First of all, I want to thank Will for inviting me as a guest blogger. He is highly invested in conversations about education and where it should be going and what's best for students and teachers.
an article I read about education reform in Oregon. The article itself was nothing I hadn't heard before. The author was recommending that budget cuts not be made at the classroom level by cutting teachers and classes like art, physical education and music, but by eliminating costs like textbooks and teacher professional development while also capping the number of charter schools allowed in the state. I had mixed feelings about some of what she was saying, but did not find the post itself that inspiring.
I had been sent the link by a friend of mine who suggested that I look through the comments. As I scrolled down and began to read, I was shocked. Commenters were posting mathematical equations and financial numbers justifying why teachers' wages should be cut or frozen or why retirement funds are bankrupting the state and they were blasting teachers and teacher unions.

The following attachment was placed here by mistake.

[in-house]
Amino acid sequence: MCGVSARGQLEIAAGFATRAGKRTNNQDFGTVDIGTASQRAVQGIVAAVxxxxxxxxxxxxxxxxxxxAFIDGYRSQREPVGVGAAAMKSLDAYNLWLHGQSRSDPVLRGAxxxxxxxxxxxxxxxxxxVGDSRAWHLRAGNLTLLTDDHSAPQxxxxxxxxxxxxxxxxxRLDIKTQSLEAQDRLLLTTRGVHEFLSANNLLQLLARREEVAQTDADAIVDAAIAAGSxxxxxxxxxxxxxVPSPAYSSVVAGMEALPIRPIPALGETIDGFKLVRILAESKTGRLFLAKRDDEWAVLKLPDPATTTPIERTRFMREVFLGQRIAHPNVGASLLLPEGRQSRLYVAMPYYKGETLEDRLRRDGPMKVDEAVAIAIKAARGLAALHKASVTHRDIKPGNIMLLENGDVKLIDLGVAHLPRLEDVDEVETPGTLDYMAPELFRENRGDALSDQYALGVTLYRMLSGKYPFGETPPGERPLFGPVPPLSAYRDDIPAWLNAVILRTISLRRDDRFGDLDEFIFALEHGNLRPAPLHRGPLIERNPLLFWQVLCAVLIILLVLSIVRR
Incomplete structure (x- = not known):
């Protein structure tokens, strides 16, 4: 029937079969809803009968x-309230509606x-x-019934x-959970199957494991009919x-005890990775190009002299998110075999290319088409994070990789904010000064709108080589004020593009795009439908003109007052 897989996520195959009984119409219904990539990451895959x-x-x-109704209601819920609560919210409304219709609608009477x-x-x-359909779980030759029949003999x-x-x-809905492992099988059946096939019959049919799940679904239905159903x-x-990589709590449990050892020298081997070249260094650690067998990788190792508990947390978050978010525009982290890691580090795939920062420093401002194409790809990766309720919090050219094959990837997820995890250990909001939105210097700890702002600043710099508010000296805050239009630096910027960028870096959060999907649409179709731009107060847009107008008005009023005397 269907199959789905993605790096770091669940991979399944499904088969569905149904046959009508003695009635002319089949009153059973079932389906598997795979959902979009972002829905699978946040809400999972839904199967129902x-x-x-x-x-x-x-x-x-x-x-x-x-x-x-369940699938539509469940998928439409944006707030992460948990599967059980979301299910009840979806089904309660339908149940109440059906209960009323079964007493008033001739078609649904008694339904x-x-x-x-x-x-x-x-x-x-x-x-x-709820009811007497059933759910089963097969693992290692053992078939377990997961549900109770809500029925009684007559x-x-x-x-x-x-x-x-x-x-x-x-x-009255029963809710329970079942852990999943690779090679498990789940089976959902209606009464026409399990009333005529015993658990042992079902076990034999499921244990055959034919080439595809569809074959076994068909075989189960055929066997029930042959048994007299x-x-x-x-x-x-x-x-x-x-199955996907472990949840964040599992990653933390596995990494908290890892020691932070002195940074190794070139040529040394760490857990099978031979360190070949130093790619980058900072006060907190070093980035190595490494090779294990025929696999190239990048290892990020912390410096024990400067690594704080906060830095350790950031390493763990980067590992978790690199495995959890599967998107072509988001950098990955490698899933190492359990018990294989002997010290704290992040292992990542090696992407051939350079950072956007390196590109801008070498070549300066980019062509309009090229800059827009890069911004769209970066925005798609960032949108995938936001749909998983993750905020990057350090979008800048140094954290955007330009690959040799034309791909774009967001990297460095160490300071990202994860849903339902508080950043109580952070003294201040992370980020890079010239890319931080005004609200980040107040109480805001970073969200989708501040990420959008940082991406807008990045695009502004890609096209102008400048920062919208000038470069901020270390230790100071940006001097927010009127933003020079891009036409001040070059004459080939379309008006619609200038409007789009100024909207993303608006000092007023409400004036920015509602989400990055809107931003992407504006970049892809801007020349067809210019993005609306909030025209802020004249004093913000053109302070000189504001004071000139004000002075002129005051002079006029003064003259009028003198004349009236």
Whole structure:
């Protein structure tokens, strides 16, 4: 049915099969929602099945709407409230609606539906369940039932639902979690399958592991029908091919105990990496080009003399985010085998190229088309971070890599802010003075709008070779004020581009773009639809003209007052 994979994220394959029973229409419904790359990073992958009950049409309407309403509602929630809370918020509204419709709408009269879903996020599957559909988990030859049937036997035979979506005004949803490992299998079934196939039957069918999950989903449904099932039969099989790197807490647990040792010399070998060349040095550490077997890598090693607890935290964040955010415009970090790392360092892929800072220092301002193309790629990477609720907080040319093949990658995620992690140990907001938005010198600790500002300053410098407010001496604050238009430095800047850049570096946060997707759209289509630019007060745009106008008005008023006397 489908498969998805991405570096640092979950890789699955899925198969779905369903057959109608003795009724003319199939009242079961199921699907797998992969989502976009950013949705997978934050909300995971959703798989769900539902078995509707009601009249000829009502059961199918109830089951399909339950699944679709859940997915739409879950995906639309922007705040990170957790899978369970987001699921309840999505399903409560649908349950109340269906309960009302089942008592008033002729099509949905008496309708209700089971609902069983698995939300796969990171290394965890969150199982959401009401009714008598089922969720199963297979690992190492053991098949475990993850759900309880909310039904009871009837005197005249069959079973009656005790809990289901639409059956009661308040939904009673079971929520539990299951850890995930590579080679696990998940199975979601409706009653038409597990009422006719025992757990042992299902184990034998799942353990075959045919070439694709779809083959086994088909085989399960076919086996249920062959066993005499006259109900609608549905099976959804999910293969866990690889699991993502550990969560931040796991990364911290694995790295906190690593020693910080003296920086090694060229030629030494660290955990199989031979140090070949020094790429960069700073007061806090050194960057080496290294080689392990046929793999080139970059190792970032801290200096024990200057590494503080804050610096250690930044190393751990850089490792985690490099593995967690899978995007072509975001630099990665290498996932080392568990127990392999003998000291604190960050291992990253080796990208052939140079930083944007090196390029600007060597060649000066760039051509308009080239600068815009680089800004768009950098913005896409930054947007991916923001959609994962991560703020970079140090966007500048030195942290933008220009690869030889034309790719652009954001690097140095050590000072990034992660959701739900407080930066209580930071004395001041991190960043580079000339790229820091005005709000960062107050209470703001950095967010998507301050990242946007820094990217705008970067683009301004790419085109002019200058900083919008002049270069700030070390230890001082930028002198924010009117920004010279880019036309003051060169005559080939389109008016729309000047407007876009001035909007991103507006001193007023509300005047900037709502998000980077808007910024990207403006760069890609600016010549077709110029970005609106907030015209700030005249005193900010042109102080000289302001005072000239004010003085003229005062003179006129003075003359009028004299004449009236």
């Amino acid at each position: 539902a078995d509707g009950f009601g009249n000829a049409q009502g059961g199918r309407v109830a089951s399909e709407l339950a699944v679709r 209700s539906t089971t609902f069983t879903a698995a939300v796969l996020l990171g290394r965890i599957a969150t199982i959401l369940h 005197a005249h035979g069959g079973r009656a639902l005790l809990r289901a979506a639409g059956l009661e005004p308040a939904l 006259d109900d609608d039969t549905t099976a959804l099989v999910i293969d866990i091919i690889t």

While I don't pretend to be a banker, financier or an expert in government spending, it seems that the opposite is true. Everyone who pays taxes assumes that they are an expert on education because, at some point, they went to school. I'm not saying that taxpayers don't have a say or that we shouldn't be looking to experts in the financial industry for ideas, but schools are not businesses.
What I began to realize while reading the comments was that the biggest problem is a lack of communication across 'sides.' As educators, we need to understand the perspective of taxpayers, community members and parents. In return, we need to for community members, parents and taxpayers to understand what teaching children means in today's world, and it is also important that both parties get to know each other as people, as partners in shaping the future.
So my question is: How do we foster these kinds of open dialogues?
photo courtesy of mynameisharsha on Flickr